Glance at the barometer-note the time. Trim the sails, and bear away to that pretty fleet of fishing boats bobbing up and down as they trail their nets, or the men gather in the glittering fish, and munch their rude breakfasts, tediously heated by smoky stoves, while they gaze on the white-sailed stranger, and mumble among themselves as to what in the world he can be. The sun mounts and the breeze presses till we are at the bay of the Somme, with its shifting sands, its incomprehensible currents, and its low and treacherous coast, buoyed and beaconed enough to puzzle you right into the shoals. The yacht with my friend S---- in her, bound for Paris, has just been wrecked we hear-unpleasant news now-on that bank near Cayeux, and there is St. Valery, from whence King William the Conqueror sailed with his fleet for England, as may be seen on the curious tapestry at Bayeux worked by his Queen's hands, and still almost as fresh as them I never saw a place look so perfectly different from sea and from land as this strange port, so I ran in just to reconnoitre, and spent some hours with chart, compass, lead-line, and Pilot-book, trying my best to make out the currents, but all to no purpose, except to conclude that a voyage along this coast in bad weather would be madness, unless with a man to help.

But nearly all this part of the French coast is awkward ground to be caught in, especially where there are shifting or sinking sands, for if the vessel touches these, the tide stream instantly sucks the sand from under one side, while it piles it up on the other, and thus the hull is gradually worked in with a ridge on each side, and cannot be slewed off, but is liable to be wrecked forth with. The following paragraph was interesting to read here in my Pilot-book, which I had at length dug out of its hiding-place.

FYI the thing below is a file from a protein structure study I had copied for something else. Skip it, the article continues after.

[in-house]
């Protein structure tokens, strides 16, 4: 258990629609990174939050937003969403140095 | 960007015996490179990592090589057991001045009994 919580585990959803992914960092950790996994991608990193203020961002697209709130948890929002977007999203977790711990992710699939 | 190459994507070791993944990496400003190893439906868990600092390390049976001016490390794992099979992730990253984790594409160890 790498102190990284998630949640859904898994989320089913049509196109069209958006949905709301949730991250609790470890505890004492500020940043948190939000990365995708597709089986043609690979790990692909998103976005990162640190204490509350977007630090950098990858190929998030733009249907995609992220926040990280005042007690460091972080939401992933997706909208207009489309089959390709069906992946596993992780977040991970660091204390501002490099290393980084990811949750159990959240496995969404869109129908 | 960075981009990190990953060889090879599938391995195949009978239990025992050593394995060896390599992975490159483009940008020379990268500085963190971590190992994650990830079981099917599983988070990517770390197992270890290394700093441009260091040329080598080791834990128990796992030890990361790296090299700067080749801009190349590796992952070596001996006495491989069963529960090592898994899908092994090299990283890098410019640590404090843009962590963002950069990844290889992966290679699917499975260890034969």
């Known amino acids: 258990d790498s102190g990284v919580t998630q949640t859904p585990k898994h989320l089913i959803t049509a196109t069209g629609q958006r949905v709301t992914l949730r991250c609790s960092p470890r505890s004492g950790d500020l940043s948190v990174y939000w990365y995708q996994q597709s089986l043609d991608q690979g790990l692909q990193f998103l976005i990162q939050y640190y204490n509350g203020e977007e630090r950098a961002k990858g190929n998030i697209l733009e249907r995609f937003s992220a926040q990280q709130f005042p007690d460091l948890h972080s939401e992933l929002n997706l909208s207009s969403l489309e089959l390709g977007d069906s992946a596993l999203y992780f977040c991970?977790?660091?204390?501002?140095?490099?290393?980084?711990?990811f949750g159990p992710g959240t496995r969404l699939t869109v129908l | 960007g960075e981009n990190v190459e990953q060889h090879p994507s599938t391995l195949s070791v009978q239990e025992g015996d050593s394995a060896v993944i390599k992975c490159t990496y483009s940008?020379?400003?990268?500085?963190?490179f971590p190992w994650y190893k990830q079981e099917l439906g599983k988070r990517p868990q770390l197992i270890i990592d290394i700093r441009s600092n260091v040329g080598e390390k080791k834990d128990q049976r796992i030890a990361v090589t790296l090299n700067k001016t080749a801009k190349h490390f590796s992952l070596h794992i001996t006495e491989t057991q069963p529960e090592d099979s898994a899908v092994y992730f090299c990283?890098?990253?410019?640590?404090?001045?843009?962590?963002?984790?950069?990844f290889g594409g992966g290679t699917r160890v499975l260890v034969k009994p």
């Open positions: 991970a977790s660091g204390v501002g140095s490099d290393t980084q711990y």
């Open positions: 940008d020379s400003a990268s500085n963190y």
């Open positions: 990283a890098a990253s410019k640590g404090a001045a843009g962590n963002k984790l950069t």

"Caution. -- During strong winds between W.S.W., round westerly, and N.N.W., the coast to the eastward of Ailly Point is dangerous to be on, and shipwrecks are of frequent occurrence ; vessels therefore of every description at that period should keep a good offing, and when obliged to approach it, must do so with great caution; for although the general mass of the above banks appear to be stationary, yet great attention must be paid to the lead, and in observing the confused state of the sea in the various eddies, so as to guard against suddenly meeting with dangers which may be of recent formation. The lights for the purpose of pointing out the position of the headlands and dangers between Capes Antifer and Gris-Nez at night, are so disposed, that in clear weather two can always be seen at a time, and the greater number of the harbours have one or more tide-lights shown during the time the harbour can be entered.

"It is important to notice that along the coast, between Cape de la Hève and the town of Ault, (a space of 67 miles), the wind, when it blows in a direction perpendicular, or nearly so, to the direction of the coast, is reflected by the high cliffs, neutralizing in great measure its original action to a certain extent in the offing, depending upon the strength of the wind. It follows from this, that a zone is formed off the coast and parallel to it (except in front of the wide valley; where the direct wind meets with no obstacle, where the wind is light the sea much agitated, and the waves run towards the shore. On the contrary, when the wind ferns an acute angle with the coast, the reflected wind contributes to increase the direct wind near the shore."